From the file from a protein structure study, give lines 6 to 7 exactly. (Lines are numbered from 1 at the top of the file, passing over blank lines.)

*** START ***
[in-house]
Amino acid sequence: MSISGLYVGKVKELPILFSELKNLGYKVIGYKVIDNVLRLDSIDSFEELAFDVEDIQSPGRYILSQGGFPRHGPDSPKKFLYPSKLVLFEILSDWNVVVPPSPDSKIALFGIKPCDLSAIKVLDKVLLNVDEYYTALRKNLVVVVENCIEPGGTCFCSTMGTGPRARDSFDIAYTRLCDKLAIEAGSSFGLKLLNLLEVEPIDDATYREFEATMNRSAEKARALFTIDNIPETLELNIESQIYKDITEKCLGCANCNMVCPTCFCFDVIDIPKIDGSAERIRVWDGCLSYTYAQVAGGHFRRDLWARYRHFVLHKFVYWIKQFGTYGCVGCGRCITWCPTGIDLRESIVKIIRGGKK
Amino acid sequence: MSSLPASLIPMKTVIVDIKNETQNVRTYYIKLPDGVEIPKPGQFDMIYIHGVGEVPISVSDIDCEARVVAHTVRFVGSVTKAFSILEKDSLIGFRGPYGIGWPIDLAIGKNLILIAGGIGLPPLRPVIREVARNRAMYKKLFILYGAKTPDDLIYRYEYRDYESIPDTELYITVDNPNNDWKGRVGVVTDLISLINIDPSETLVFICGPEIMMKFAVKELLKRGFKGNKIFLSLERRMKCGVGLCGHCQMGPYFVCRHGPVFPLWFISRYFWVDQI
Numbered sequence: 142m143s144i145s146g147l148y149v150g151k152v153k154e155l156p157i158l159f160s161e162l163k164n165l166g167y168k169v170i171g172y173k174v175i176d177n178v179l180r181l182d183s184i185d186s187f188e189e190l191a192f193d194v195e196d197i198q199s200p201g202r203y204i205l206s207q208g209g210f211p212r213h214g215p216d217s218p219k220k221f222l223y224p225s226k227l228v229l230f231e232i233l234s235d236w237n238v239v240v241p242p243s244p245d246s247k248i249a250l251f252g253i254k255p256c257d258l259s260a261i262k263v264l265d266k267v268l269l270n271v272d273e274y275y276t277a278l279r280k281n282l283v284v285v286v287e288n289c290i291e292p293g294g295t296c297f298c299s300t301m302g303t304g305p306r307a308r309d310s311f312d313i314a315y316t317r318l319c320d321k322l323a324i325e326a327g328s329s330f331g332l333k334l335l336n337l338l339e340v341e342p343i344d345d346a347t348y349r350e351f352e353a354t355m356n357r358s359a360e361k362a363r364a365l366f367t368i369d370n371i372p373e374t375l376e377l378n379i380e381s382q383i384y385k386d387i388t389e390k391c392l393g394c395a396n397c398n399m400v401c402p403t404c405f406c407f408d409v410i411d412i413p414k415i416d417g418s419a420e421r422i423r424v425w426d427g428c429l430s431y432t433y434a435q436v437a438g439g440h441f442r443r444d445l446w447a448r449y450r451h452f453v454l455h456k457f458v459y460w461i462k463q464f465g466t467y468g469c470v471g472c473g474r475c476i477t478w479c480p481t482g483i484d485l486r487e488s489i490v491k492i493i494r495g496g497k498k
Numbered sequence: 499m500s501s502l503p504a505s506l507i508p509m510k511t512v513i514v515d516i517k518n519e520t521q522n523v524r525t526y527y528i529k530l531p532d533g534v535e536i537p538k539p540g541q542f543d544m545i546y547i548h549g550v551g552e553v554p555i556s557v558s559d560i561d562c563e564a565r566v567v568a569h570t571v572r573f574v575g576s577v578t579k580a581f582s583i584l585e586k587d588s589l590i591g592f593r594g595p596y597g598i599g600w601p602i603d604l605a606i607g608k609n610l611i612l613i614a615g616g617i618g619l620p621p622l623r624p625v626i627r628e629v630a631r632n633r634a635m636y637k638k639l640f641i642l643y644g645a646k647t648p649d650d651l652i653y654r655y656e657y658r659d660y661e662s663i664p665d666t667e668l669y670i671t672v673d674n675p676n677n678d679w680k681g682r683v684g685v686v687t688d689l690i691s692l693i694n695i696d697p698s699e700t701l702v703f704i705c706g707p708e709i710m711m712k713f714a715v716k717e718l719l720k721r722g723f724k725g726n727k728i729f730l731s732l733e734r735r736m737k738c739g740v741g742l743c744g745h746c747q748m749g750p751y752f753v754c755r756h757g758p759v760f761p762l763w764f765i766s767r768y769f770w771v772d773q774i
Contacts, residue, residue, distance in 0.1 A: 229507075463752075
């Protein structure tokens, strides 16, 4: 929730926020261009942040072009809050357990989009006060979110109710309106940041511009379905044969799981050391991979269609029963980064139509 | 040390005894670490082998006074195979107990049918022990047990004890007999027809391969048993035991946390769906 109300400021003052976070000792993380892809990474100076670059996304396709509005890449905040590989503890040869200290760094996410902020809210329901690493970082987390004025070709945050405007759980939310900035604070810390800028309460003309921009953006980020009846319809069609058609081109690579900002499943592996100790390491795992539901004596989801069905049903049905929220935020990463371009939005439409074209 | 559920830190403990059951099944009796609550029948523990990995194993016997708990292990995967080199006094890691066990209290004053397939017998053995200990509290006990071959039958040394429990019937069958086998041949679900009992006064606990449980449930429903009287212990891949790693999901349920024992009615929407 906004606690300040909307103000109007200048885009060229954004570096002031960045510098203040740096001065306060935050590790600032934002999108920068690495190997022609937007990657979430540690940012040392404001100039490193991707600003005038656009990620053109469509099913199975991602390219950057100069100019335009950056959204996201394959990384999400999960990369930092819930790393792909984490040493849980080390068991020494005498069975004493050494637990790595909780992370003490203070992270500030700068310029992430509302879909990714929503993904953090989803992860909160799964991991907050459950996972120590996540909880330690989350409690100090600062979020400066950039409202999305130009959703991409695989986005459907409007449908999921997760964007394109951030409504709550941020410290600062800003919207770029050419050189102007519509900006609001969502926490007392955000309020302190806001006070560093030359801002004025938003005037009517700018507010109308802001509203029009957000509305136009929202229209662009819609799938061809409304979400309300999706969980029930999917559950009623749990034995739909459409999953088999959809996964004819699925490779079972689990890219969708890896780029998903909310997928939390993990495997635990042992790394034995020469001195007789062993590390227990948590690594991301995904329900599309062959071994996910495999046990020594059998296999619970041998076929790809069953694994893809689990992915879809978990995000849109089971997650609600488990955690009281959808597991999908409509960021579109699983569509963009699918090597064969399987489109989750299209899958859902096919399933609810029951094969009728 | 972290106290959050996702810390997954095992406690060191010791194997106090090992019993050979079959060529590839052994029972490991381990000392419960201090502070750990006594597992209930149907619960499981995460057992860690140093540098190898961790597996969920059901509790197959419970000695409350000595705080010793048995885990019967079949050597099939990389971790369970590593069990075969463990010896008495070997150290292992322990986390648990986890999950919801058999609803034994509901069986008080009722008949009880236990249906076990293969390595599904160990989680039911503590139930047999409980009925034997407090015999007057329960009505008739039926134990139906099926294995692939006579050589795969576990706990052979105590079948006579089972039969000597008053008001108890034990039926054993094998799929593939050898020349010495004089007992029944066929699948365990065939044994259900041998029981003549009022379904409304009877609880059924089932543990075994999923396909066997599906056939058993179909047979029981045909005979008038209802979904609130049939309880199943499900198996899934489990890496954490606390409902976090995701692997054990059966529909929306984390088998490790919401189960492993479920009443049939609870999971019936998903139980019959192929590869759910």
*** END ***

Contacts, residue, residue, distance in 0.1 A: 229507075463752075
């Protein structure tokens, strides 16, 4: 929730926020261009942040072009809050357990989009006060979110109710309106940041511009379905044969799981050391991979269609029963980064139509 | 040390005894670490082998006074195979107990049918022990047990004890007999027809391969048993035991946390769906 109300400021003052976070000792993380892809990474100076670059996304396709509005890449905040590989503890040869200290760094996410902020809210329901690493970082987390004025070709945050405007759980939310900035604070810390800028309460003309921009953006980020009846319809069609058609081109690579900002499943592996100790390491795992539901004596989801069905049903049905929220935020990463371009939005439409074209 | 559920830190403990059951099944009796609550029948523990990995194993016997708990292990995967080199006094890691066990209290004053397939017998053995200990509290006990071959039958040394429990019937069958086998041949679900009992006064606990449980449930429903009287212990891949790693999901349920024992009615929407 906004606690300040909307103000109007200048885009060229954004570096002031960045510098203040740096001065306060935050590790600032934002999108920068690495190997022609937007990657979430540690940012040392404001100039490193991707600003005038656009990620053109469509099913199975991602390219950057100069100019335009950056959204996201394959990384999400999960990369930092819930790393792909984490040493849980080390068991020494005498069975004493050494637990790595909780992370003490203070992270500030700068310029992430509302879909990714929503993904953090989803992860909160799964991991907050459950996972120590996540909880330690989350409690100090600062979020400066950039409202999305130009959703991409695989986005459907409007449908999921997760964007394109951030409504709550941020410290600062800003919207770029050419050189102007519509900006609001969502926490007392955000309020302190806001006070560093030359801002004025938003005037009517700018507010109308802001509203029009957000509305136009929202229209662009819609799938061809409304979400309300999706969980029930999917559950009623749990034995739909459409999953088999959809996964004819699925490779079972689990890219969708890896780029998903909310997928939390993990495997635990042992790394034995020469001195007789062993590390227990948590690594991301995904329900599309062959071994996910495999046990020594059998296999619970041998076929790809069953694994893809689990992915879809978990995000849109089971997650609600488990955690009281959808597991999908409509960021579109699983569509963009699918090597064969399987489109989750299209899958859902096919399933609810029951094969009728 | 972290106290959050996702810390997954095992406690060191010791194997106090090992019993050979079959060529590839052994029972490991381990000392419960201090502070750990006594597992209930149907619960499981995460057992860690140093540098190898961790597996969920059901509790197959419970000695409350000595705080010793048995885990019967079949050597099939990389971790369970590593069990075969463990010896008495070997150290292992322990986390648990986890999950919801058999609803034994509901069986008080009722008949009880236990249906076990293969390595599904160990989680039911503590139930047999409980009925034997407090015999007057329960009505008739039926134990139906099926294995692939006579050589795969576990706990052979105590079948006579089972039969000597008053008001108890034990039926054993094998799929593939050898020349010495004089007992029944066929699948365990065939044994259900041998029981003549009022379904409304009877609880059924089932543990075994999923396909066997599906056939058993179909047979029981045909005979008038209802979904609130049939309880199943499900198996899934489990890496954490606390409902976090995701692997054990059966529909929306984390088998490790919401189960492993479920009443049939609870999971019936998903139980019959192929590869759910």